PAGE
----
To try to understand how this happened, let us go back to the 1970s and ’80s, when the split occurred between composition and the personal essay. Out of the 1960s’ emphasis on “relevance” came such programs as the Voice Project at Stanford University, led by John Hawkes and Albert J. Guerard, which sought to renovate the teaching of freshman composition by encouraging autobiographical writing (getting students to find their own “voices”). I was sympathetic to such efforts because in my own college education, I had been turned off to the essay: It had been taught in freshman composition mainly as a way to hone one’s argumentative skills and defend a position in an academic paper or debate. It took me years to discover the glories of the form, by reading Hazlitt, Lamb, Montaigne, Baldwin, Orwell, Woolf, et al., and coming to see the essay as a perfect vehicle for the display of belletristic sensibility and unique personality. As a result, when I myself began teaching the essay, I seized on the concept that it was not a legal brief, not an argument, but an exploration. I wanted to rescue the essay from freshman comp and restore it to its rightful place in the literary canon.

There may have been another reason, less attractive to admit, for undertaking such a rescue effort: the status differential between composition and creative writing. The freshman comp instructor is the dray-horse of the university, often working for adjunct wages, forced to teach many sections, obliged to deal with students whose majors may be far removed from writing and who have no interest in the subject. Certainly, at the more tenured ranks of composition and rhetoric, professors are engaged in refined questions of theory and history, but in the introductory-level courses, the curriculum is often rigidly prescribed for every instructor. Many MFA writing students begin their teaching careers as composition instructors, dreaming of the day when they will have published enough to be assigned creative writing workshops.

Tenured professors of creative writing are, for the most part, not obliged to teach composition. We teach in a looser, less methodical fashion, and we are more inclined to mystify our subject, to make like magi holding the secrets of literary art. In my case, the impressionistic delivery is partly a way to disguise my ignorance: I am ashamed of not knowing Latin or the precise terms for the rhetorical effects underpinning my intuitive prose practice. I envy professors of rhetoric their systematic knowledge. I also envy writers of the last generation, such as Mary McCarthy, for whom Latin was a requirement in secondary school and whose flexible, conversational styles are fortified by a starch that gives their sentences gravitas and sinuosity.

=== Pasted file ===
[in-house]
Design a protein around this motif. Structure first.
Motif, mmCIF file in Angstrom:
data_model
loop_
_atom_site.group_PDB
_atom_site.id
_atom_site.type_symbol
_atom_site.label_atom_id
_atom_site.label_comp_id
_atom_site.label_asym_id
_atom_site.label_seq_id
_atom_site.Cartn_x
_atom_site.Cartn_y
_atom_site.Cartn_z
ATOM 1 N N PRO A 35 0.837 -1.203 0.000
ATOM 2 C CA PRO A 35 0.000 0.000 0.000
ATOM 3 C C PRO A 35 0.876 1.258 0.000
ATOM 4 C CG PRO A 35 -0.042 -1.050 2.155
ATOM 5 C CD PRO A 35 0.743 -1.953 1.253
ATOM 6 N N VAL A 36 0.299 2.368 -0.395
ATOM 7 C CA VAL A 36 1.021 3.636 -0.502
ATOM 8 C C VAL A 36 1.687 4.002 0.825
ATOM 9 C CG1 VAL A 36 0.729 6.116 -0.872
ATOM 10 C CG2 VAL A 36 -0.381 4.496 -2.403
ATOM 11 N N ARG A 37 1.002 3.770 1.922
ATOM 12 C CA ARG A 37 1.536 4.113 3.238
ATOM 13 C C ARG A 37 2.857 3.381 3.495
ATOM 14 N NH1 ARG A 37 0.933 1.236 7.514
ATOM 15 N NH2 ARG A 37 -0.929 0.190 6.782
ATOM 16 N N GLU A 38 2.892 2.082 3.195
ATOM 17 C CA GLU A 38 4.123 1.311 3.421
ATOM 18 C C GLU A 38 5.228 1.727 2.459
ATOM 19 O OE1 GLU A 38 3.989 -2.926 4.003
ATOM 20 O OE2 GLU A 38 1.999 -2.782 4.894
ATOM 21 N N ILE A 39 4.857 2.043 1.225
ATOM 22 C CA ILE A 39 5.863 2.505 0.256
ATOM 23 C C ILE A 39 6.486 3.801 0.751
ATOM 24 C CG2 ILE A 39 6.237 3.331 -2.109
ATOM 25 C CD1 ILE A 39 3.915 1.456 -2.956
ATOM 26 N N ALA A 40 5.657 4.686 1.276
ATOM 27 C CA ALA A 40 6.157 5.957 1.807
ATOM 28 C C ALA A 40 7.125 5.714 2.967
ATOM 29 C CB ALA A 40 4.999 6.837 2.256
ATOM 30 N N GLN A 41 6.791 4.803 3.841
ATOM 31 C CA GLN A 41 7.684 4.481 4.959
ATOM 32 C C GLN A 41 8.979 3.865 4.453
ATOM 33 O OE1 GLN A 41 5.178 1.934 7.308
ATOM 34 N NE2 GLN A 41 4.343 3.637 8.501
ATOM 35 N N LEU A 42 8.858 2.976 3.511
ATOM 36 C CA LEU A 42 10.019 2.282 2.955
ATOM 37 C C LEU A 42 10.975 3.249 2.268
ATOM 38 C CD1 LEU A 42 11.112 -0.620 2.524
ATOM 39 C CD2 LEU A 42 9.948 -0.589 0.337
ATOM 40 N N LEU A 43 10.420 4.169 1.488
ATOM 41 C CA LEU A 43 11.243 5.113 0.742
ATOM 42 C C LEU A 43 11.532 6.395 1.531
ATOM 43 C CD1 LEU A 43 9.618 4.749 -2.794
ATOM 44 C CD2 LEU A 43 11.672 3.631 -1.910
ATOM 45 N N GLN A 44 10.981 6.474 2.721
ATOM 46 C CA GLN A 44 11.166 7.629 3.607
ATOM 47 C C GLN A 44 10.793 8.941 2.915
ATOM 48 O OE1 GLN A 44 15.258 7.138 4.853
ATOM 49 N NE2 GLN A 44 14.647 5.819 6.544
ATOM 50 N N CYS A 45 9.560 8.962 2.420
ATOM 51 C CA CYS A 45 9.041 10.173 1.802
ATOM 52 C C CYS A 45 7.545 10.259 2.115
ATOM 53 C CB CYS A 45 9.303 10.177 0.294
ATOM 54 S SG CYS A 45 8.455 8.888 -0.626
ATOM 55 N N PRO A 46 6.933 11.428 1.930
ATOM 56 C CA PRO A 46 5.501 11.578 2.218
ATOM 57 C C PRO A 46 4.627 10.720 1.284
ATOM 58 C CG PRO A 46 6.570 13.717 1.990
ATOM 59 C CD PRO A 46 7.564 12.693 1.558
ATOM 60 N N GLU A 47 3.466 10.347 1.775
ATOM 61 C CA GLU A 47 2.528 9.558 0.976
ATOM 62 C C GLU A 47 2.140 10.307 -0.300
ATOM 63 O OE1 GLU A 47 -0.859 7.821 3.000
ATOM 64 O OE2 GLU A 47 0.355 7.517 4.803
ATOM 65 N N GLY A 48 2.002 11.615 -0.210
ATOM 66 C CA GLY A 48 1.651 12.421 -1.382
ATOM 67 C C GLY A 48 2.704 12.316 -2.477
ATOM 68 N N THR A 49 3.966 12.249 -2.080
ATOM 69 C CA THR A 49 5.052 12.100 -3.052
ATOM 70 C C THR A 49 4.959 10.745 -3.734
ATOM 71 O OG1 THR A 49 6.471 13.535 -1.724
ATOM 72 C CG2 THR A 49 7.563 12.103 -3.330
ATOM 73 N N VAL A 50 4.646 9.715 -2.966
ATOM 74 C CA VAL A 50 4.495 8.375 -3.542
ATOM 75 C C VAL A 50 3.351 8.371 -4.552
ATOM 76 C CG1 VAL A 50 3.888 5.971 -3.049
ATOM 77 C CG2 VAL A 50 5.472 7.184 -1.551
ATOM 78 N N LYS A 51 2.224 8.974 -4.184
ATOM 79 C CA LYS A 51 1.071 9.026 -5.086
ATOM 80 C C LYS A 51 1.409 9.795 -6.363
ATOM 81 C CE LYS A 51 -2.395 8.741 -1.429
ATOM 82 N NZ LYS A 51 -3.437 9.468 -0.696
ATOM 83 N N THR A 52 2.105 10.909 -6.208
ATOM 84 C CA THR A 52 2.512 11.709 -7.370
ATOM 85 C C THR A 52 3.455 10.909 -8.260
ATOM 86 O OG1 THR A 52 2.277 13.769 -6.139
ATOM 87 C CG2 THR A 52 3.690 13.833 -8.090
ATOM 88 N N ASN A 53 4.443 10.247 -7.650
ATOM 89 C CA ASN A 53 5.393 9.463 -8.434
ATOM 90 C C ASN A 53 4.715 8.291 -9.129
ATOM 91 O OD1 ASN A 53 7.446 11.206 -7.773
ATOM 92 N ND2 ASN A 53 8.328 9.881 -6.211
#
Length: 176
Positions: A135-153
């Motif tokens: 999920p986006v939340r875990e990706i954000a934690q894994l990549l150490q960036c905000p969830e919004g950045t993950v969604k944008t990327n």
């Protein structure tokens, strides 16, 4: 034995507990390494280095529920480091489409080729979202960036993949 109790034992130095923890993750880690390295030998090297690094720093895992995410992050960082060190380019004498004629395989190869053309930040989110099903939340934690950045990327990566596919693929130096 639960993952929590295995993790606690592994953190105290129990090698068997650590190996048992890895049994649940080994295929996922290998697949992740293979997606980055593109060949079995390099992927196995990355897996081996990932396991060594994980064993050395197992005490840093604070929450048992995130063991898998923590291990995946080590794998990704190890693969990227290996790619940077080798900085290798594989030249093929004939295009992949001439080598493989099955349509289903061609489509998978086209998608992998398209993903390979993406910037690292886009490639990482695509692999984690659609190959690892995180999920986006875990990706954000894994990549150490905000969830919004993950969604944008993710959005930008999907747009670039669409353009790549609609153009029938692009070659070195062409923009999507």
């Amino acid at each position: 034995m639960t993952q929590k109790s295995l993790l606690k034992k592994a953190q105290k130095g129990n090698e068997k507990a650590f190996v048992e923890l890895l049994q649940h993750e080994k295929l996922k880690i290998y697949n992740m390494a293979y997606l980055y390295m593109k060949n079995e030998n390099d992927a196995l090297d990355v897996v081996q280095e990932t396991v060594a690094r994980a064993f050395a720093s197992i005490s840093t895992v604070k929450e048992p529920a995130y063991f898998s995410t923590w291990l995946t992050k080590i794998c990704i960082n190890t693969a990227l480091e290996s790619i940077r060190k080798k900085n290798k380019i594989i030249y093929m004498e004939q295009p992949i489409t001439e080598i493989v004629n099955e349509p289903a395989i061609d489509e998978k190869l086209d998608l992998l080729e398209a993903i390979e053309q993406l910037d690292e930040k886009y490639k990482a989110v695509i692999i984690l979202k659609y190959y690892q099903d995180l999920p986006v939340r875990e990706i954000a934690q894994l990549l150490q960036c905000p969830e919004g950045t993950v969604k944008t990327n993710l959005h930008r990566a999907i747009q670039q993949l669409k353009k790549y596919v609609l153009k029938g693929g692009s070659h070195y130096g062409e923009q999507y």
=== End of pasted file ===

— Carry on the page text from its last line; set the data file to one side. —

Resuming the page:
I once shared my introduction to “The Art of the Personal Essay” with a learned English department colleague who pronounced it “charming,” which I took to mean insufficiently theorized and dilettantish. From time to time, I tell myself I must take a course in Latin or, at least, memorize Quintilian’s 12 books of rhetoric and catch up on some modern rhetorical theory. But I don’t. Instead, I continue to pursue an untutored love of syntax, whose forms I try to imitate and get my students to imitate. Sentences like Just as X and Y, so Z or Not A, not B, not C, but D. I also tell my students it is a good idea to plant knots of suspense or tension in the body of the essay and to try to untie them along the way, in order to suggest a skeletal argument.

Maybe our modern mistrust of oratorical argument comes from Plato’s distaste for casuistry. In the “Gorgias,” he attacked the rhetoricians for wanting to win arguments more than uncover moral truths, and he compared their skills to those of pastry cooks. Still, who was more adept at maintaining an argument than Plato? It used to puzzle me that Georg Lukacs, in his meaty “On the Nature and Form of the Essay,” cited Plato’s dialogues next to Montaigne as “the writings of the greatest essayists.” How could a dialogue be an essay? I wondered, literal-mindedly. But I am coming to think all good essays are dialogues, which partake of both exploration and argumentation. It is time that we essayists trace our strategies back to their sources and steep ourselves in rhetorical knowledge as well as Montaignian insouciance.

About the Author

Phillip Lopate

Phillip Lopate's nonfiction books include essay collections (Bachelorhood, Against Joie de Vivre, Portrait of My Body); film criticism (Totally Tenderly Tragically); an urbanist meditation (Waterfront); and, most recently, Notes on Sontag.